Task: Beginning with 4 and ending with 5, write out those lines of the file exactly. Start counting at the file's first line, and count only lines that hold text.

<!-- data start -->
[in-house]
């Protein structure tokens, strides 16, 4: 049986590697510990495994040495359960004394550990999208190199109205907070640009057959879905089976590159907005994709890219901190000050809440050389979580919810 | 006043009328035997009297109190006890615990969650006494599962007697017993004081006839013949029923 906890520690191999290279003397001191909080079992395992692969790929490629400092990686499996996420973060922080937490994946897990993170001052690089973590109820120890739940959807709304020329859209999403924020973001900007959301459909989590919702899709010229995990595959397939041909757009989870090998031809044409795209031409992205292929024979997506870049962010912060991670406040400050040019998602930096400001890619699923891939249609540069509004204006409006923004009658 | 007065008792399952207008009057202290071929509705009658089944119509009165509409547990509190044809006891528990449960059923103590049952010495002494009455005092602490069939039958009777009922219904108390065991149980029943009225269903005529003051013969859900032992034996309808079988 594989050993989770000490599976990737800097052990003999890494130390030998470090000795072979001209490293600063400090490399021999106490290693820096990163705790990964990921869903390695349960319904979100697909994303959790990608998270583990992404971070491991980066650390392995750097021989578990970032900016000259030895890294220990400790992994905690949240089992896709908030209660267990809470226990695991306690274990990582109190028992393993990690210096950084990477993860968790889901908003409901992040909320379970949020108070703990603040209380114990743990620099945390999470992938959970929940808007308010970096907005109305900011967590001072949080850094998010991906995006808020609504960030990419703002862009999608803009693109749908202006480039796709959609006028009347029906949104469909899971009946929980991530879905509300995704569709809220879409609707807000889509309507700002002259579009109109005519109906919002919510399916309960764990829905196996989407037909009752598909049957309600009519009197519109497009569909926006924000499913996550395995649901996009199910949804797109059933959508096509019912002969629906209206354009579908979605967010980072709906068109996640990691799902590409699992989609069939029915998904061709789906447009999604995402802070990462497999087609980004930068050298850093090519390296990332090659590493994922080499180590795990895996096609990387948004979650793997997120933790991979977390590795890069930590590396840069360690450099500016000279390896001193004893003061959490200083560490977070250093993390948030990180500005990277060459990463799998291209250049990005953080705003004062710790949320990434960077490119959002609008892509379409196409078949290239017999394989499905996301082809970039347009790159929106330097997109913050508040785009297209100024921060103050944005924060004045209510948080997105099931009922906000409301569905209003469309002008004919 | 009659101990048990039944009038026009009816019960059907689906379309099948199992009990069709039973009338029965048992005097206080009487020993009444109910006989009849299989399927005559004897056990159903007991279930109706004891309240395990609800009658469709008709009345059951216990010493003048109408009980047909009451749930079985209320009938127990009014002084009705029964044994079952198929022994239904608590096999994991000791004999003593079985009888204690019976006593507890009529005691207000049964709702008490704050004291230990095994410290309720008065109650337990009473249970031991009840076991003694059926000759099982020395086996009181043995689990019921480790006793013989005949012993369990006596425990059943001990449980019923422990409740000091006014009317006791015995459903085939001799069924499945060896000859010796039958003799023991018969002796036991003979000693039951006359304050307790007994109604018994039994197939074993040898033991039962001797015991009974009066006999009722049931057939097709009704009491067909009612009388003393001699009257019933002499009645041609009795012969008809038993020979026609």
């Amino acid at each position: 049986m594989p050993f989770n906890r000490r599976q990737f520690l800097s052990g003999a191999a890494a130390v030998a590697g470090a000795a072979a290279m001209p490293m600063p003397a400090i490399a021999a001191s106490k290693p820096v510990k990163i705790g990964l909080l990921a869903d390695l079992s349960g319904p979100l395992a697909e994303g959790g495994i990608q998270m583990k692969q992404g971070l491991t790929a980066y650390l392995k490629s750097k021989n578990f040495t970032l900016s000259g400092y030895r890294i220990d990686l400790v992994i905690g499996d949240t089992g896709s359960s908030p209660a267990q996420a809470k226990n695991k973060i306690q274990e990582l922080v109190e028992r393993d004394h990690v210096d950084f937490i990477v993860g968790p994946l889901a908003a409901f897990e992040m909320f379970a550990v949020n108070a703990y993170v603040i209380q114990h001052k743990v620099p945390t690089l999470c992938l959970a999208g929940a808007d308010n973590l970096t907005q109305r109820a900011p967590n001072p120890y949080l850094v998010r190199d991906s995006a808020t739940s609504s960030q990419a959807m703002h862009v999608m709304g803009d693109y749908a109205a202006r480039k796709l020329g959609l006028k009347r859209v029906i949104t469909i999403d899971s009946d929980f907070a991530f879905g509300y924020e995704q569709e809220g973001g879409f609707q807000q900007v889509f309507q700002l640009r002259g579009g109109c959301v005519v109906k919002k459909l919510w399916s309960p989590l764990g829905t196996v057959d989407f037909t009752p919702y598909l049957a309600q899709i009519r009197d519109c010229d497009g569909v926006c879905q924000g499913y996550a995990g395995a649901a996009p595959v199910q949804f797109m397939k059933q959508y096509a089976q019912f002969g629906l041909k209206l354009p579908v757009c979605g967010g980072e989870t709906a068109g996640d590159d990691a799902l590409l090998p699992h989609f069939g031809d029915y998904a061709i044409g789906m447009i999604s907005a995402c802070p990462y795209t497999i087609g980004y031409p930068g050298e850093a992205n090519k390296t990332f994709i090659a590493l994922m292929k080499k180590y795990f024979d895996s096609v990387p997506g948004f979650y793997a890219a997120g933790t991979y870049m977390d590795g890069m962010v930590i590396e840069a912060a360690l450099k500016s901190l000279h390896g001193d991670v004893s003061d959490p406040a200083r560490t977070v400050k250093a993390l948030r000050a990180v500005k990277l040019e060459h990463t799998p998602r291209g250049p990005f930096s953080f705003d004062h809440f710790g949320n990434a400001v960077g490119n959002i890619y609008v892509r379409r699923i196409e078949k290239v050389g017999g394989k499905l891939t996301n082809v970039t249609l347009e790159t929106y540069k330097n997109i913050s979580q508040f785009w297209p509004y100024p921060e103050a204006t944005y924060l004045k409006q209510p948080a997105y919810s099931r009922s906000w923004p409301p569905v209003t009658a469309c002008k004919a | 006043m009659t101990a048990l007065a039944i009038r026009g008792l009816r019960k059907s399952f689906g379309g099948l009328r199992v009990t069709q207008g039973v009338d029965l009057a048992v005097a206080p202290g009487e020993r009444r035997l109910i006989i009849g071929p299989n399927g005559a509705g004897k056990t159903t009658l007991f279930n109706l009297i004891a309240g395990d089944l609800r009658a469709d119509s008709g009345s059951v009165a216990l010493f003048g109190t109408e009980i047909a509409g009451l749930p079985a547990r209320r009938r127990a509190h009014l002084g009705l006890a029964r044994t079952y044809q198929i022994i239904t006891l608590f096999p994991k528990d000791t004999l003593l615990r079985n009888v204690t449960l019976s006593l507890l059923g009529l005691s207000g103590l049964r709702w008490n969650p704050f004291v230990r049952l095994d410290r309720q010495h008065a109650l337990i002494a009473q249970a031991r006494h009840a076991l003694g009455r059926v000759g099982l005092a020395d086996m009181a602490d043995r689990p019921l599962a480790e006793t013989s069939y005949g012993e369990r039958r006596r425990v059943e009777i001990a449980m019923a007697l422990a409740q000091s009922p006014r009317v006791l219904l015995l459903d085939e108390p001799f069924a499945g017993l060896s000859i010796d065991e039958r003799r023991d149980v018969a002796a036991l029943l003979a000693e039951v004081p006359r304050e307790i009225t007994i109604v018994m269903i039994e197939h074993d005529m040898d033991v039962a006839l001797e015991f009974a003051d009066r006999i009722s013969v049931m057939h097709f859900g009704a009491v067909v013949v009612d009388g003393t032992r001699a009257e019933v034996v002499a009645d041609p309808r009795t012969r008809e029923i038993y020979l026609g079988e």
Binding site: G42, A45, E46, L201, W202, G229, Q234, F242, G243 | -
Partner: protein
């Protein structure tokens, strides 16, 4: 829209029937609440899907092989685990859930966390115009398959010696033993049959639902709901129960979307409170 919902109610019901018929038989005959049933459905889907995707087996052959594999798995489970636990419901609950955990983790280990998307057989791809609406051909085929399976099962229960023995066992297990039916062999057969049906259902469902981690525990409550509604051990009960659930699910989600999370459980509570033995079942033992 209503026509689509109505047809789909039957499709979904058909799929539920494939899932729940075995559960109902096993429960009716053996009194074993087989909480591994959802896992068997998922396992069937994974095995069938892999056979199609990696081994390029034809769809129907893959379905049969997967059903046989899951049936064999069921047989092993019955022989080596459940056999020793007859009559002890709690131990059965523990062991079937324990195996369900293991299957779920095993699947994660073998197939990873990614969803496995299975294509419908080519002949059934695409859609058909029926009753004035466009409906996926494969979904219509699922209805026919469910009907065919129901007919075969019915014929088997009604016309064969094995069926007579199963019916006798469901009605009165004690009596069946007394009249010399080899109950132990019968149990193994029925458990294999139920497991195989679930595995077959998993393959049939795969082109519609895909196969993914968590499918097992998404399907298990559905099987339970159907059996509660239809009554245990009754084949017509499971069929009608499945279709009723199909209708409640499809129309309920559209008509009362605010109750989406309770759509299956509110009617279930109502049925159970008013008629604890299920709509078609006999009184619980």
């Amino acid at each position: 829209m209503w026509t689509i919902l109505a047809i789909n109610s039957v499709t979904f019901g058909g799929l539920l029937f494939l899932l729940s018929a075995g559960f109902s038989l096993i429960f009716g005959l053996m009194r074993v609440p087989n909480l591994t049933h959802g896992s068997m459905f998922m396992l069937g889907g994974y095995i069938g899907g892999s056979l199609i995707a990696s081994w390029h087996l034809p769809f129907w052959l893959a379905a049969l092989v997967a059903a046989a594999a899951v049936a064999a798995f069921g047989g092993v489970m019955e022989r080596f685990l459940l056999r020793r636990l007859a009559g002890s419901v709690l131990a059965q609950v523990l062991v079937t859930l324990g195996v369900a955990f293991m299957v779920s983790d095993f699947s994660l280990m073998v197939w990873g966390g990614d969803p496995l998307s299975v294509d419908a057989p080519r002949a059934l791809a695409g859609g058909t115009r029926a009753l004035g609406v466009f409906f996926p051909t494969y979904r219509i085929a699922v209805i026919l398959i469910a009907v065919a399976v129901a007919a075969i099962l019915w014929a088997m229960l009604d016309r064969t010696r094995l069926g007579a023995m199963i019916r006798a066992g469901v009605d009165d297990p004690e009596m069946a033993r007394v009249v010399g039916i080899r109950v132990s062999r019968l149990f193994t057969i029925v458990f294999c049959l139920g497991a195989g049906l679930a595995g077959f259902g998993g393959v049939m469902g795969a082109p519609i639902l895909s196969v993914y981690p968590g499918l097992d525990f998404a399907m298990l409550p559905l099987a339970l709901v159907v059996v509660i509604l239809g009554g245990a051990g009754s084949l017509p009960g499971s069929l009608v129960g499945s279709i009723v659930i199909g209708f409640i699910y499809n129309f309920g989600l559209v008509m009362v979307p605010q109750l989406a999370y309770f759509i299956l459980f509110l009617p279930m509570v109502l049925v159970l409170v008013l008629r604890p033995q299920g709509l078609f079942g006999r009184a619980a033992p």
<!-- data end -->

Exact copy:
Binding site: G42, A45, E46, L201, W202, G229, Q234, F242, G243 | -
Partner: protein